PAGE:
Now, to fetch the private key value from inside our script, open deploy.py and import the config object:

from Brownie import BasicContract , accounts, config 

Now, replace the following line:

account = accounts.load(“my-new-account”) 

With this:

account = accounts.add(config [" account-keys "] [" private-key"]) 

This line will fetch the private key value from our configuration file, and it will be used as the account key. This is how you can use the config object to access different configuration details from within the script.  

Note: Here’s the complete codebase for reference: Brownie tutorial—part 3.

Know that all the fields in the Brownie configuration file are optional and while building a project, you need only configure what is necessary. The full extent of the configuration file allows you to define a lot of things like the gas limits for various networks, contract dependencies, data reports, etc. 

Note: You can refer to the Brownie offical doc to learn more about the various configuration settings. 

All right, with the help of the brownie-config file, we can configure certain aspects of the project and reduce redundancies in various tasks. Now, if you have become a fan of such low-redundancy workflow, Brownie has a lot more in store for you, chief of which is a way to generate entire projects (templates) that you can modify and build upon! So, without wasting many sentences, let’s understand one of the coolest Brownie features. 

Baking some code using Brownie mixes 

Ok, now this is arguably the piece de resistance when it comes to Brownie features, and it is called the Brownie mixes. Brownie mixes are a collection of premade project templates that you can use as a starting point for your applications. The template will include some basic contracts, scripts, testing files and even a configuration file pertaining to the project. Using these templates, we can build complex things like DAOs or NFT applications. The code base for each of these templates is kept in the Brownie mixes GitHub repository. In order to generate any of these templates, we can use the Brownie bake command. 

To get a taste of the Brownie mixes, let’s try and use a project template. For this tutorial, we will be trying to set up a basic ERC20 token project and for that, we will be using the tokenmix.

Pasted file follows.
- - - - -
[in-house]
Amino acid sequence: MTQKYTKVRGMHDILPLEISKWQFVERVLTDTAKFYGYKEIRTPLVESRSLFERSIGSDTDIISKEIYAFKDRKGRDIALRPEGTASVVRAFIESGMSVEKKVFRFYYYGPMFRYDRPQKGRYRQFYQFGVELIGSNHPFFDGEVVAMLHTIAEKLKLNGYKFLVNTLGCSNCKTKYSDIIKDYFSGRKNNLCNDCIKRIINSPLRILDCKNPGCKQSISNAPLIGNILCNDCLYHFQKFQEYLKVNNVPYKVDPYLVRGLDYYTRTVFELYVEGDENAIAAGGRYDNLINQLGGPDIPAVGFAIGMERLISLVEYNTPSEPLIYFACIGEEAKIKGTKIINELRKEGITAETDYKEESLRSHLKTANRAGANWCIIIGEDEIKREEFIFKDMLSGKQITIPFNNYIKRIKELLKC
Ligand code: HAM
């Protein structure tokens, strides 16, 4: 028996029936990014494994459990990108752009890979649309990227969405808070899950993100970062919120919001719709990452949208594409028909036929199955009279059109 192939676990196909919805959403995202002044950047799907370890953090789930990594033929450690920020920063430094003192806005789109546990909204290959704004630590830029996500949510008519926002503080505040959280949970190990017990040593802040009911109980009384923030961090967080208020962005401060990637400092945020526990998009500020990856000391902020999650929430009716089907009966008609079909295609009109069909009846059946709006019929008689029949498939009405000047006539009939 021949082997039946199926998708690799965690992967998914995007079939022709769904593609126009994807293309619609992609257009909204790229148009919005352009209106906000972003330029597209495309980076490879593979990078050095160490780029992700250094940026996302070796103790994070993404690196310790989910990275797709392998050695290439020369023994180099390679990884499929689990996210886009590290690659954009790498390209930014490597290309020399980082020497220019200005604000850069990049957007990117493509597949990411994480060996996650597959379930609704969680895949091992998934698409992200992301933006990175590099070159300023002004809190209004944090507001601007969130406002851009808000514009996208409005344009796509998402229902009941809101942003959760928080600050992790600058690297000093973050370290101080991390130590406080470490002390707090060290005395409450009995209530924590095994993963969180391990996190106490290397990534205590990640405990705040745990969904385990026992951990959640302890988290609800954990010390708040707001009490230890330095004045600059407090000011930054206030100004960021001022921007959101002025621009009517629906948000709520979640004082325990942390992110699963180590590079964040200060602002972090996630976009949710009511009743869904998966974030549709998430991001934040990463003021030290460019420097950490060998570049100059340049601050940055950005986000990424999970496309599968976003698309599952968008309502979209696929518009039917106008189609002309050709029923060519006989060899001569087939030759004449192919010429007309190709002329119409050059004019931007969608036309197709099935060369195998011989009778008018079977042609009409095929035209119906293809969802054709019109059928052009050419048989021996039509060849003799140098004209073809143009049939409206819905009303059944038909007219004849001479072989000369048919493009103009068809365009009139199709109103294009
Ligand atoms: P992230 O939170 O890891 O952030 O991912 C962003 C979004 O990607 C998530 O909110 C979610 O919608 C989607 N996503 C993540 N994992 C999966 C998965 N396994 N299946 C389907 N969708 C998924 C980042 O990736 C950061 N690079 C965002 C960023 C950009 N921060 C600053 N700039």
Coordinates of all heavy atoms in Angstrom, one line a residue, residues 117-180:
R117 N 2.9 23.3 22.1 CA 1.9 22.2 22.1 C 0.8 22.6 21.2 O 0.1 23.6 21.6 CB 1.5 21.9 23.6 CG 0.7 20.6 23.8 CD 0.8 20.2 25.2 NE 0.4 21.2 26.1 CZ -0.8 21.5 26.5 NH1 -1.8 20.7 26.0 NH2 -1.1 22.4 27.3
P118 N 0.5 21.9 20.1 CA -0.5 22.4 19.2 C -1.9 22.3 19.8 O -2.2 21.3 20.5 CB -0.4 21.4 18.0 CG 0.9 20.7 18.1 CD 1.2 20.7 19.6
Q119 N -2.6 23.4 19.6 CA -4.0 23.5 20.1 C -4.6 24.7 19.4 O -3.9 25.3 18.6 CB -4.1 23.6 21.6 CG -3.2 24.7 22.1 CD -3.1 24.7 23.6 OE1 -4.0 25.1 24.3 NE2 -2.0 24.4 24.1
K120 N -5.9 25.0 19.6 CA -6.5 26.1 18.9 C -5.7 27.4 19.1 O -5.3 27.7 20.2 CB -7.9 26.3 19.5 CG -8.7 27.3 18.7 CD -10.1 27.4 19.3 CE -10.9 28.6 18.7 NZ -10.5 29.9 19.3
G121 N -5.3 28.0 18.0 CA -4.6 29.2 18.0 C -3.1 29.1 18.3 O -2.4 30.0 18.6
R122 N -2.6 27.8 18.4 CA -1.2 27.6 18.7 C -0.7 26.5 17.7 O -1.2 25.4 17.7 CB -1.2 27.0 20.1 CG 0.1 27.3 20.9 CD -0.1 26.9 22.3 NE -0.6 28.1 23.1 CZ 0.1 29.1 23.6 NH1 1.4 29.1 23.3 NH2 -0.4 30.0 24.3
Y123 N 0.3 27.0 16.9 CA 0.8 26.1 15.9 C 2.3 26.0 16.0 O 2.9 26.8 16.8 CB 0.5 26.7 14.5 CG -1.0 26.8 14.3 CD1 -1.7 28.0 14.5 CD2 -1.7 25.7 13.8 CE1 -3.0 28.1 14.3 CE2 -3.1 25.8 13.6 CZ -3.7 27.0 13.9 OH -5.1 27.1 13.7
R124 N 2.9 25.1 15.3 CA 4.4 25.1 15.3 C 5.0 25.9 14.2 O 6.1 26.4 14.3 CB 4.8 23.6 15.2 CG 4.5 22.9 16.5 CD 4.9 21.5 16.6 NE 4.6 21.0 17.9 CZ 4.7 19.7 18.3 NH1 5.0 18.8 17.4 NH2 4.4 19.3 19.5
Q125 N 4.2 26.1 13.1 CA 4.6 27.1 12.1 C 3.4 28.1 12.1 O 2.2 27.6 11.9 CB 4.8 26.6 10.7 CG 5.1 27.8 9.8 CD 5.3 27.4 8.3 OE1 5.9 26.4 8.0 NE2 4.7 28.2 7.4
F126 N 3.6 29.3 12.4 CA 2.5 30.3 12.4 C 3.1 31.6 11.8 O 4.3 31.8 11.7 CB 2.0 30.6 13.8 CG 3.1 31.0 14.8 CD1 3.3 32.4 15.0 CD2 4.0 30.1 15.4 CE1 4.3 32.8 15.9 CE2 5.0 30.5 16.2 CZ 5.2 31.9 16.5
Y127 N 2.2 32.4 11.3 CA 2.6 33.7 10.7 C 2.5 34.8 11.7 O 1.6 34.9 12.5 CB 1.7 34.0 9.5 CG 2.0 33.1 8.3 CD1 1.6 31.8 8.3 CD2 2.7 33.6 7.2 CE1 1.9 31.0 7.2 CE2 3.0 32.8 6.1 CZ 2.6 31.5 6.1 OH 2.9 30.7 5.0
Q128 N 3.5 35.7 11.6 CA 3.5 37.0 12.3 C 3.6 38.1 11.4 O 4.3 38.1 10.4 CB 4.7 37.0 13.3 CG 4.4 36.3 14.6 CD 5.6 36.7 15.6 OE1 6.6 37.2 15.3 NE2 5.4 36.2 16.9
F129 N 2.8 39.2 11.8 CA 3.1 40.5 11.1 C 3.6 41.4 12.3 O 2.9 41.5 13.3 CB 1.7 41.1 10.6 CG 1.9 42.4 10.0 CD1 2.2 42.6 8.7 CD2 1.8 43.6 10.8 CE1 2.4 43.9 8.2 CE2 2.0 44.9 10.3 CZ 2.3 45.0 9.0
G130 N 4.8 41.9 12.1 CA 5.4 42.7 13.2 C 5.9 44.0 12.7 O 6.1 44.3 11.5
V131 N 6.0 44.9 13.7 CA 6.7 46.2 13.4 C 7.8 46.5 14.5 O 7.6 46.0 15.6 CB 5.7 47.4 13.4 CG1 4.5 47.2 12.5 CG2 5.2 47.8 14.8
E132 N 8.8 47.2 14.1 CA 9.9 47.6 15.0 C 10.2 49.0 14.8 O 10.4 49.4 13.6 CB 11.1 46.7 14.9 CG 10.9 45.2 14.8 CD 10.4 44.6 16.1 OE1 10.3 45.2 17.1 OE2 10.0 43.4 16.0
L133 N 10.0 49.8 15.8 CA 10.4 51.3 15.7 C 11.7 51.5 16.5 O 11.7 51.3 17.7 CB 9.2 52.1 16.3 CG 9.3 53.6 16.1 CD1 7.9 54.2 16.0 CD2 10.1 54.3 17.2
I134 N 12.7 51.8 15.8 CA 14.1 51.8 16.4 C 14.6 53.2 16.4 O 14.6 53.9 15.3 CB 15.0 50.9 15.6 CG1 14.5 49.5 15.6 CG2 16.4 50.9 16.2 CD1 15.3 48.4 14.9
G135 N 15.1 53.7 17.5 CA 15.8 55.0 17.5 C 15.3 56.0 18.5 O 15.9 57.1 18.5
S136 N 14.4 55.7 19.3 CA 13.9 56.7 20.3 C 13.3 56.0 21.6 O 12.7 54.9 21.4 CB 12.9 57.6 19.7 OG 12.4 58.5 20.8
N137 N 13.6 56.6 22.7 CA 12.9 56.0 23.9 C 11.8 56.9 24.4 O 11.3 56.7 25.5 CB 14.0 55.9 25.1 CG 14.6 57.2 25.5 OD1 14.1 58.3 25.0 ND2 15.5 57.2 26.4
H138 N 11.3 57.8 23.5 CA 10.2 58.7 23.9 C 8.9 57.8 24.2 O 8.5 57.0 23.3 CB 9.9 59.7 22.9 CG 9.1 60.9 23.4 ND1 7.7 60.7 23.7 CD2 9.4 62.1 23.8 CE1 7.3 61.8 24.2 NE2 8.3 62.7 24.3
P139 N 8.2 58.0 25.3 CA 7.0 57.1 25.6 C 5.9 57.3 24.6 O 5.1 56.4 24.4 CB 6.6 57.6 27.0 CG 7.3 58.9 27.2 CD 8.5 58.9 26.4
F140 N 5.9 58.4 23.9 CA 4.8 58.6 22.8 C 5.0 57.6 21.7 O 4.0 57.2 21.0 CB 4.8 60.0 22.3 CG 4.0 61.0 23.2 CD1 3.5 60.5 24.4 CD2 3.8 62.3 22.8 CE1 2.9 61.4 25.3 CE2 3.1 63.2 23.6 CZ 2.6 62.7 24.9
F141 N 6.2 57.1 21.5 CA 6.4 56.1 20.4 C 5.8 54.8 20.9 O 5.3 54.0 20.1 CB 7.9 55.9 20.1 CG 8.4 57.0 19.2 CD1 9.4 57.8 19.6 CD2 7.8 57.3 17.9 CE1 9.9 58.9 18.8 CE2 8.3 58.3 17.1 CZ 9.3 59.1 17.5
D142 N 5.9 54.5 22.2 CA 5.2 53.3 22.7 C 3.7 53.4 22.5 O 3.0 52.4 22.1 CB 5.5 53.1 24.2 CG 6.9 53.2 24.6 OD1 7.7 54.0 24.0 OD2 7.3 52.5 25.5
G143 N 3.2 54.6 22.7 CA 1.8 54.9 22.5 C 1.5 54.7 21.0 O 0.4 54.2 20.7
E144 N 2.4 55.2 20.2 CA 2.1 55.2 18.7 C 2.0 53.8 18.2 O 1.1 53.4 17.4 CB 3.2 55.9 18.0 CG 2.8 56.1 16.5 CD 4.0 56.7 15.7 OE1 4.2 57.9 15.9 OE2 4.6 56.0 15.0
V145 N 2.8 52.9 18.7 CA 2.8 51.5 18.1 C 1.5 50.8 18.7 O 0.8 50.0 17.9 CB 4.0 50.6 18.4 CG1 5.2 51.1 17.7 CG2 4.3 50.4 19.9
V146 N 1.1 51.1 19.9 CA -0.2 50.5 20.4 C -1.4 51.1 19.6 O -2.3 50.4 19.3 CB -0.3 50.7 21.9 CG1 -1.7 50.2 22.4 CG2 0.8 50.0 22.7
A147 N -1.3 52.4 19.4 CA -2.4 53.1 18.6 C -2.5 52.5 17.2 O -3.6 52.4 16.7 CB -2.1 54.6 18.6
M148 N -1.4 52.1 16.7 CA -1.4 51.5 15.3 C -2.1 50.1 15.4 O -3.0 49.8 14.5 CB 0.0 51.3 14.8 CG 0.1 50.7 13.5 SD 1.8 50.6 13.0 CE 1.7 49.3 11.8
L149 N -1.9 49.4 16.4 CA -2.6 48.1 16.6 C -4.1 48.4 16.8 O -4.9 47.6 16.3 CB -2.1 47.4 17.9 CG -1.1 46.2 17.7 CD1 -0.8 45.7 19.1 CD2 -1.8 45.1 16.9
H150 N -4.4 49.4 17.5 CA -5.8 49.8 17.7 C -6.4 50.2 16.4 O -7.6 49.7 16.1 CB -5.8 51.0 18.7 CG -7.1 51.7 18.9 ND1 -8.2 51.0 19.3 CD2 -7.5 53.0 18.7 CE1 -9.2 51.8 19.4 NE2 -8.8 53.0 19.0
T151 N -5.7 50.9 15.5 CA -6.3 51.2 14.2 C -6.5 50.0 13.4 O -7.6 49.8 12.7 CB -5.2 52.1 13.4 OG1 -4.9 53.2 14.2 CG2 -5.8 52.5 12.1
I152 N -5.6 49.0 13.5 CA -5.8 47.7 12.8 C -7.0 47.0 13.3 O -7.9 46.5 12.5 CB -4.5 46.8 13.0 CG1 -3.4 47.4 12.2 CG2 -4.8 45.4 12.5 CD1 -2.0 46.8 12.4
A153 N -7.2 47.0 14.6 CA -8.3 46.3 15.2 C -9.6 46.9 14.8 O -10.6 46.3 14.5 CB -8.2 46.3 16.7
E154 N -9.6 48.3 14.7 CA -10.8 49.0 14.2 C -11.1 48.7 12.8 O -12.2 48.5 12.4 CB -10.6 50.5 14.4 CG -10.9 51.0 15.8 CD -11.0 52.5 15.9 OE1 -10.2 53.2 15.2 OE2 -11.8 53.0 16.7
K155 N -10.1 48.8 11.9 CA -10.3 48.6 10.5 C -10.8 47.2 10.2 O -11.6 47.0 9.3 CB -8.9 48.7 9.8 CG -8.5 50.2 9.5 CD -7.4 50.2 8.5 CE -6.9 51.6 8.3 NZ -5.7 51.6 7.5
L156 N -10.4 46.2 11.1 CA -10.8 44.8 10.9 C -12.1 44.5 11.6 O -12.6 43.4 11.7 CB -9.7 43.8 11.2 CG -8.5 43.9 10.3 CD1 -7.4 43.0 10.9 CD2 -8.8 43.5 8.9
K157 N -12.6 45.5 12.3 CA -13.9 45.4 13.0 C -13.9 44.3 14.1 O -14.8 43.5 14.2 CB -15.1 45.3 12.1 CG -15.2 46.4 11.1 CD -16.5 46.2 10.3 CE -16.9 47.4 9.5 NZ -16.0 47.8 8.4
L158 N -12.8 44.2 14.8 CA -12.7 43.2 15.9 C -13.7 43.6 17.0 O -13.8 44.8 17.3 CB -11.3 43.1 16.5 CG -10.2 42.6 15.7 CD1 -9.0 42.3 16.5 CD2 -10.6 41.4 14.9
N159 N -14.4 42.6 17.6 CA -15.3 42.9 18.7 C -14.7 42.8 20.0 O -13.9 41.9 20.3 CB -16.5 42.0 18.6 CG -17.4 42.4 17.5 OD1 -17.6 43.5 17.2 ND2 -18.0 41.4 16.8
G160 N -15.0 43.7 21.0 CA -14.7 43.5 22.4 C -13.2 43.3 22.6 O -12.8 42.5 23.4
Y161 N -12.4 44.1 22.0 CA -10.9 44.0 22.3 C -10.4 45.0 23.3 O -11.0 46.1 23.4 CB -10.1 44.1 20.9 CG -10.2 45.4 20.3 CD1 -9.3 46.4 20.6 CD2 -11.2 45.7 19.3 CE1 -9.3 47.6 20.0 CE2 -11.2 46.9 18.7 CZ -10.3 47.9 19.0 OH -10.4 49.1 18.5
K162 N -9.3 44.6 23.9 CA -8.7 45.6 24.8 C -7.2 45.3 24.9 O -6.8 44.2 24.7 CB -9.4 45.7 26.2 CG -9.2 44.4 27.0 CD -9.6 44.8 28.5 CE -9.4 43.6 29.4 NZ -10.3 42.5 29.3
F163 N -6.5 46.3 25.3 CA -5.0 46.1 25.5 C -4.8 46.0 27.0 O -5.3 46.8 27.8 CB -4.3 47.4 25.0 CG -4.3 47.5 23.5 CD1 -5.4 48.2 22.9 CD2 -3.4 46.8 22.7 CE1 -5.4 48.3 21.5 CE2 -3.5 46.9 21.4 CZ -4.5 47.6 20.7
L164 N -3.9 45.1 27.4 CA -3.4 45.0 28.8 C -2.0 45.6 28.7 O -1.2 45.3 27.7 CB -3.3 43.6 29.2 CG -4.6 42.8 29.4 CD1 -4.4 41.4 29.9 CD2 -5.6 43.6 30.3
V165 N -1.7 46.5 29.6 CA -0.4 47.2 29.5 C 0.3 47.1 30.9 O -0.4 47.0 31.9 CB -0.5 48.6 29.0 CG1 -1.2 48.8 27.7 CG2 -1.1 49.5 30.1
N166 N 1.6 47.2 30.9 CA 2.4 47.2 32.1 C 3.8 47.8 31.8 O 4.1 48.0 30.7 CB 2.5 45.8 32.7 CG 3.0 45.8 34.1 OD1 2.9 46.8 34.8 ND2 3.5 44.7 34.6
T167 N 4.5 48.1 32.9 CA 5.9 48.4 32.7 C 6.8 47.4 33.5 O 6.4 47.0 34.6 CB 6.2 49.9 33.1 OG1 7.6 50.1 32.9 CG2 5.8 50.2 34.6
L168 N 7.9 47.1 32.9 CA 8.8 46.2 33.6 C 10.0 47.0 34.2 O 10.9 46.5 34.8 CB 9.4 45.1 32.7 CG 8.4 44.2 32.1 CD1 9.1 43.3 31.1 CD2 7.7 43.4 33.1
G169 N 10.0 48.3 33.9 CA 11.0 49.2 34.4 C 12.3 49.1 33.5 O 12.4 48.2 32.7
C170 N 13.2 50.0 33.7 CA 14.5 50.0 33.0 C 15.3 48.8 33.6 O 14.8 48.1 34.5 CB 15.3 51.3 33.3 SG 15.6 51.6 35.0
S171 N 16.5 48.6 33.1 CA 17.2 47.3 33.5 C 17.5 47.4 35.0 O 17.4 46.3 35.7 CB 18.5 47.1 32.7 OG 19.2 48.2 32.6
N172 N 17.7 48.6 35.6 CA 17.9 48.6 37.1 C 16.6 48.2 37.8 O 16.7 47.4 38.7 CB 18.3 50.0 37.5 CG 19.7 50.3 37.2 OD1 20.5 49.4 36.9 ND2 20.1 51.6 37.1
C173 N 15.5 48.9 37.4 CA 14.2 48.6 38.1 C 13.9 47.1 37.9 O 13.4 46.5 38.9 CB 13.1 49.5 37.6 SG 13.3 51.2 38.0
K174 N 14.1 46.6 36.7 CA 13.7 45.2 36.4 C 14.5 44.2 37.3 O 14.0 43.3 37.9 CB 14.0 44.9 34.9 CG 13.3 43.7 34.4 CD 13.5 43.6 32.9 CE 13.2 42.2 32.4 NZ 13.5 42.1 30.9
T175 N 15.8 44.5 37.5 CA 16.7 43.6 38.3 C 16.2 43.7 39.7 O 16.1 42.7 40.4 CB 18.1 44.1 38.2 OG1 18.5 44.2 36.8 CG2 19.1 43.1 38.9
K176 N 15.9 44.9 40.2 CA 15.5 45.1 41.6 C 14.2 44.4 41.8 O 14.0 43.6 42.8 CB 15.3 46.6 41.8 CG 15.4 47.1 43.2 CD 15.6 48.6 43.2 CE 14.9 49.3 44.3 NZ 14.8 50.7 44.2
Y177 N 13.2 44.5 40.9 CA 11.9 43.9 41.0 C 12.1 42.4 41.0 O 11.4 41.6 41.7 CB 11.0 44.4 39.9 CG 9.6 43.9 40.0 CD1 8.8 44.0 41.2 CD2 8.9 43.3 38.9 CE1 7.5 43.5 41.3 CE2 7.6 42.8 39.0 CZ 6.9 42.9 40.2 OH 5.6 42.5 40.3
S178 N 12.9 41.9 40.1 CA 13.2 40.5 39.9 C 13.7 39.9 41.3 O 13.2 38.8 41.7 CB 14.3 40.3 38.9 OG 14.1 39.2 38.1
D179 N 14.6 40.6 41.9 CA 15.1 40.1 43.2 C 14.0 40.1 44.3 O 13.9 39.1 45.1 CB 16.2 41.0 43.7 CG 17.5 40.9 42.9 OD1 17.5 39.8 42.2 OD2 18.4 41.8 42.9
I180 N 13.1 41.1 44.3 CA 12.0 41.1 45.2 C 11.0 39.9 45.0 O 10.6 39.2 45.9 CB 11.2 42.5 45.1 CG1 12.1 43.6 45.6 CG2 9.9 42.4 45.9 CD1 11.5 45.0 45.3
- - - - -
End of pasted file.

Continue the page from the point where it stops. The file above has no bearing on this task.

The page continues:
To set up the project:

  • Create a new directory.
  • Open a terminal in the directory and type:
$ brownie bakes token-mix 

This will generate a barebone Brownie project for creating ERC-20 tokens. If you go through the project structure, it will contain everything from smart contracts, scripts, test files and even a configuration file:

├── brownie-config.yaml
├── build
│   ├── contracts
│   ├── deployments
│   └── interfaces
├── contracts
│   ├── SafeMath.sol
│   └── Token.sol
├── interfaces
├── LICENSE
├── README.md
├── reports
├── requirements.txt
├── scripts
│   └── token.py
└── tests
    ├── conftest.py
    ├── test_approve.py
    ├── test_transferFrom.py
    └── test_transfer.py

Now, even though it is just a template, this project does come with some pre-defined code for defining and generating a token. You can check it out by running  

$ brownie run token.py 

And with that, we generated a basic ERC-20 project without writing even a single line of code. 

Wrapping up 

This article was all about learning how we can extend some of the features of Brownie and tinkering with some new ones. By levering the potential of persistent networks, we saw how we structure our project better and introduce modularity to our code. We also saw the level of detailing that we can provide in a brownie project using some rich configuration options and finally, we saw how we can generate a complete Brownie project (though basic) without having to write a single line of code. 

In the next part of the article, we will expand open our ERC-20 project and see how we can add a nice little user interface to it.